March has been Brain Tumour Awareness month and I must say that my awareness of my brain tumour has certainly been raised this year! This is following the news that my next scan is to be brought forward by 6 months due to some growth.
For me it all started in 2015 when I came out of the MRI scanner and was told ‘please can you take a seat here, the doctors are just looking over your scan and would like to come and talk to you’!!!!! Well, that was it, I became a shivering wreck and needed a sweet cup of tea (more sugar than I had ever had!) and a blanket. Surrounded by a team of surgeons, I was told ‘there is a growth on your pineal gland and you are suffering from a dangerous level of hydrocephalus. We can’t allow you home, so we are getting a bed sorted out for you’. A rather difficult phone call with my wife ensued, who was picking our 2 wonderful children.
The day of my surgery arrives - Friday the 13th of March, plus it’s Comic Relief Day! I’m no longer superstitious and thankfully I have a good sense of humour! My operation goes well and the surgeon deals with the hydrocephalus. Plus, with the aid of an endoscopy, he removes a chunk of the tumour. Thanks to the world-class surgeons I only need a short period of rehab and I am home within a week.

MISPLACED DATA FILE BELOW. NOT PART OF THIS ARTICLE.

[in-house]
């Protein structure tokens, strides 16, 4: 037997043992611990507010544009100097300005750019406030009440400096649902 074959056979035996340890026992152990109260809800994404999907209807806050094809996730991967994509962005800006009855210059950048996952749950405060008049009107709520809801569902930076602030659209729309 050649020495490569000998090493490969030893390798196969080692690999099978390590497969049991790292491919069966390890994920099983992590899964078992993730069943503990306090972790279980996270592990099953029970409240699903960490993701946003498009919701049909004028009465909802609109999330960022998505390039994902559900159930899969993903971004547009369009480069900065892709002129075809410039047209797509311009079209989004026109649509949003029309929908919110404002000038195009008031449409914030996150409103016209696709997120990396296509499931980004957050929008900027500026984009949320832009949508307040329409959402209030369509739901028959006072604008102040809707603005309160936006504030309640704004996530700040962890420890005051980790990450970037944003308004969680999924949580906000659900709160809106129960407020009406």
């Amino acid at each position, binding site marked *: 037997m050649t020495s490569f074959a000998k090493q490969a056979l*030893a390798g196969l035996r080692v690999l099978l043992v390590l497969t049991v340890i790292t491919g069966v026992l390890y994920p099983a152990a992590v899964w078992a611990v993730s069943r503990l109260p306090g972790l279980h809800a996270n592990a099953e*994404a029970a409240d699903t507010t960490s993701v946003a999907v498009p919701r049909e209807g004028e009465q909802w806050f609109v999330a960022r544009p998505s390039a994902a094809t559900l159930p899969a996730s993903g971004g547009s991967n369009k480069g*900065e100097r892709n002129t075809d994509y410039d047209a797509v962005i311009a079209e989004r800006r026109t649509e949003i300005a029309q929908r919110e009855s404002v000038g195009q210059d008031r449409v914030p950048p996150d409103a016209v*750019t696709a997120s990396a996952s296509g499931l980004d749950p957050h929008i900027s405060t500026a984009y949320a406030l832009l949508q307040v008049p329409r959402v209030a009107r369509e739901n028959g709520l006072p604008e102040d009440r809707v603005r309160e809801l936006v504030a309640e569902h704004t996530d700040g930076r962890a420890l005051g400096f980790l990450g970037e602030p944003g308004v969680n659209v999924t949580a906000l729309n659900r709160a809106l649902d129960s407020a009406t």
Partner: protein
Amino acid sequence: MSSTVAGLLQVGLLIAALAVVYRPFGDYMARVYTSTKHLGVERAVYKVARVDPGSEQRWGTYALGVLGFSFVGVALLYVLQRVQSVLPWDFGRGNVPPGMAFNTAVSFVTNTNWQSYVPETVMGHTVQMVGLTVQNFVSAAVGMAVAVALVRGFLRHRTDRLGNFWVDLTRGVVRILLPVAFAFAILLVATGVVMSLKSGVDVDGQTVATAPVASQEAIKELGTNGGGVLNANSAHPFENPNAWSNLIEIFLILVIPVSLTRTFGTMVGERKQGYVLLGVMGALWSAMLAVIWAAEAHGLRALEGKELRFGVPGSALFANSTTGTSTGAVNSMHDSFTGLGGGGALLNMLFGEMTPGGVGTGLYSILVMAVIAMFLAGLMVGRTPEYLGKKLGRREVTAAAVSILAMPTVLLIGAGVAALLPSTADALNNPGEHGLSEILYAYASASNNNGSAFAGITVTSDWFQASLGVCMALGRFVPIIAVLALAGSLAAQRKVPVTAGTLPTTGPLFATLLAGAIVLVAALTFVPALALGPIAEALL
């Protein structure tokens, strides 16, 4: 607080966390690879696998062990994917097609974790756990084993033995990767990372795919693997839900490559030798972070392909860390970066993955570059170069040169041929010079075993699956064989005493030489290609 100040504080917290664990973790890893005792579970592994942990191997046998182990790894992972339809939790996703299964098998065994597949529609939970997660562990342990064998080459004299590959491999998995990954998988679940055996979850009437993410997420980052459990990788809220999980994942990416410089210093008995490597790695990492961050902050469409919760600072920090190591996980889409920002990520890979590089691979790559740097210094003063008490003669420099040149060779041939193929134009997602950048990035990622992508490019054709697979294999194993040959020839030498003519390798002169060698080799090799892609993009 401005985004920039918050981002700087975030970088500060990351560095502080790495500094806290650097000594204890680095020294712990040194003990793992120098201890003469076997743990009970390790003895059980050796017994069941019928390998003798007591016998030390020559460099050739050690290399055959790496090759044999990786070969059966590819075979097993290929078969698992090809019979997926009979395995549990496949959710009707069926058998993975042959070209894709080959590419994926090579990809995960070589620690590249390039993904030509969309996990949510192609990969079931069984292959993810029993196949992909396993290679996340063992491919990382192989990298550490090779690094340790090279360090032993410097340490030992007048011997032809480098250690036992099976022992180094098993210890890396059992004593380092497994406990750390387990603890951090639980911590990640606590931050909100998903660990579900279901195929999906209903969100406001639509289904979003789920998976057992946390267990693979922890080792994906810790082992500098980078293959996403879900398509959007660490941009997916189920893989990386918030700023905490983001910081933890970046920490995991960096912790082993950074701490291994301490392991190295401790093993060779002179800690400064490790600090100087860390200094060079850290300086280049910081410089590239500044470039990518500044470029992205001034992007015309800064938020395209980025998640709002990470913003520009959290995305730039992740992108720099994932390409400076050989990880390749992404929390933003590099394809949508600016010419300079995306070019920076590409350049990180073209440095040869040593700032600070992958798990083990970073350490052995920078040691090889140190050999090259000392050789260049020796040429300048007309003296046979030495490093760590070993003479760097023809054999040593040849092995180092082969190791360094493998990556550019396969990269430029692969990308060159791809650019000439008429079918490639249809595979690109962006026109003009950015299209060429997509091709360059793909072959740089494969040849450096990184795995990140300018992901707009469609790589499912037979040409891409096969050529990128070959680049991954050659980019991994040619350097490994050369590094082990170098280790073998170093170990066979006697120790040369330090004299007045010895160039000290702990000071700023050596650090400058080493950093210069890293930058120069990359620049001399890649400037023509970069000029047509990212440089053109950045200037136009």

My wife and I are on tender hooks for the next week, waiting for the result of the biopsy, which I get via a telephone call shortly after going out to lunch to celebrate our wedding anniversary! The news is probably the best I could have hoped for – due to the low-grade nature of the tumour, I don’t need to go in for further surgery, and they will just watch with ongoing MRI Scans.
Trauma comes in all shapes and sizes, and it’s also a very personal experience, no matter how old you may be. A toddler having an ice-cream snatched out of their hands by their pet dog may seem a minor insignificant incident to you and me, but the screams and tears running down their rather red cheeks should tell you that it certainly isn’t to the poor child. Mind you their ability to handle it and move on is perhaps not to be sniffed at. I believe we can learn a thing or two about building mental fitness from this innate ability of children to just live in the moment.
Over the last 3 years, and especially shortly after coming home from hospital, and feeling rather isolated, (that’s another story – and something that I know is not uncommon and which the health service, in my opinion, could and should manage far better than it does) I believe my mental fitness skills have helped me through some tough and challenging times (with possibly more to come!). This year at NAIDEX, I am looking forward to sharing some thoughts on mental fitness with anyone who feels they would like to come along and listen. You can read a little more about me and what I am going to talk about from here. I’m also on LinkedIn. Hope to see you there.